“Georgia Shock” allowed Poland to gain support for the Eastern Partnership Program, pioneered by Polish Prime Minister Radek Sikorski and his Swedish counterpart Carl Bildt, a longtime critic of Russia. When attempting to ascertain exactly what the EaP’s goals are, the curious soul is generally sent into a tailspin of bureaucratic jargon. Put simply: the EU gives monetary and moral support to its six “Eastern Partners” (Belarus, Ukraine, Moldova, Azerbaijan, Armenia and Georgia) to aid them on the path to EU accession. More reforms and more “harmonization” with EU policies and standards leads to more monetary support, and somewhere down the road, the signing of Deep and Comprehensive Free Trade Agreements (DCFTAs) and Association Agreements with the EU, two steps that are precursors to membership itself.
Russia, of course, did not take too kindly to Foreign Minister Sikorski’s intention to “highlight the empowerment of [EaP] countries by treating them as independent entities and not pawns that are organically linked to Russia.” President Dmitri Medvedev described the program as “a partnership structured against Russia,” while Duma deputy Sergei Markov maintained that it had an “anti-Russian character.”
While none of Russia’s attacks were directed at Poland specifically, the Kremlin was well-aware that Poland acted as the EaP’s champion in Euro politics and, along with Sweden, contributed the lionshare of the $560 million in aid the program doled out. And Russia was not soon to forget Poland’s support of Ukraine’s 2004 anti-Russian Orange Revolution. A Russian acquaintance of mine summed the situation up nicely: “if not for Poland’s meddling, Russia would be prepared to engage in normal, peaceful relations with Poland, as it does with the other countries in the former socialist camp.”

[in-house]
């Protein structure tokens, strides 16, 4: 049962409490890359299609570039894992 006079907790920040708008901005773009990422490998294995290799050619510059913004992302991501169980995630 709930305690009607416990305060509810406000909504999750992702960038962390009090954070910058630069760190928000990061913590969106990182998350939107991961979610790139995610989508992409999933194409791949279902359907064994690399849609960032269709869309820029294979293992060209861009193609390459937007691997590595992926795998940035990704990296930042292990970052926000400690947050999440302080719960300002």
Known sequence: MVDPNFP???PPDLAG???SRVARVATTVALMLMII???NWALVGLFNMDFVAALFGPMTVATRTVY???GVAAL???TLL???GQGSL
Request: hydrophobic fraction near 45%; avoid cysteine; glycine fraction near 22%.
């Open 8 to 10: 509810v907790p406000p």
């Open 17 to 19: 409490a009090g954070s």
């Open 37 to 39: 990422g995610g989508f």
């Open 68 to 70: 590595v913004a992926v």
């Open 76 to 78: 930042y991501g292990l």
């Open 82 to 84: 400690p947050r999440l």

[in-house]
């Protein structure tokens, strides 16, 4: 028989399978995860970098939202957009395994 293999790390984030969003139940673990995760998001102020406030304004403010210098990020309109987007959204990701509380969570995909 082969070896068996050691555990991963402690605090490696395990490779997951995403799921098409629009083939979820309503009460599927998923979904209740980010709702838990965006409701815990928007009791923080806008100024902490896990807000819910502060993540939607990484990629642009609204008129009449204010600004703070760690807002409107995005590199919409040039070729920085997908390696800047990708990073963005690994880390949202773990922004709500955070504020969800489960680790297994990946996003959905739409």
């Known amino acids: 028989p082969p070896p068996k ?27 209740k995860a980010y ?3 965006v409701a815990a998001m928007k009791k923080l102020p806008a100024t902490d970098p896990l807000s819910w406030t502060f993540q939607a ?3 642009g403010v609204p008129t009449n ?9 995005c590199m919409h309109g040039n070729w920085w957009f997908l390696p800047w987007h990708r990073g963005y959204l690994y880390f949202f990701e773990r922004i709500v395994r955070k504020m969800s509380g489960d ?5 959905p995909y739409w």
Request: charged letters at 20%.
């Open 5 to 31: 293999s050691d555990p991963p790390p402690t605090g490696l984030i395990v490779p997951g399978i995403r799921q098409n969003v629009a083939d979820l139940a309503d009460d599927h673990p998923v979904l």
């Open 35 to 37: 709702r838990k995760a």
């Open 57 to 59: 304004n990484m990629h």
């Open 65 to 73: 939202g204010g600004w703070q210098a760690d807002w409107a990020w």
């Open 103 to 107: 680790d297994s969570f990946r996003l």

(For a more in-depth discussion of the evolution of the Eastern Partnership, check out my Georgetown University Capstone presentation.)
Vilnius Summit 2013 and Beyond
Luckily for Russia, the Eastern Partnership hasn’t been extremely successful. Poorly funded from the beginning ($560 million from the entire EU is really a paltry amount for countries as troubled as these six), the global economic crisis forced the EaP to the bottom of the EU’s priorities. Faced with economic problems of their own and wavering EU support, countries like Belarus and Ukraine courted further support from Russia. Frozen conflicts in the South Caucasus remain unresolved, while highly corrupt, anti-reform regimes retain their firm grip on national politics. Only little Moldova seems to exude a glimmer of hope for ever achieving EU accession.
This month, Lithuania assumed the EU presidency. As one of the main supporters of the Eastern Partnership with its own transitional experiences to share, Lithuania and other EaP supporters have big plans for this fall’s EaP summit in Vilnius. Poland in particular sees the summit as a defining moment for its flagship program, for the future of Ukraine, and for the future of Polish-Russian relations.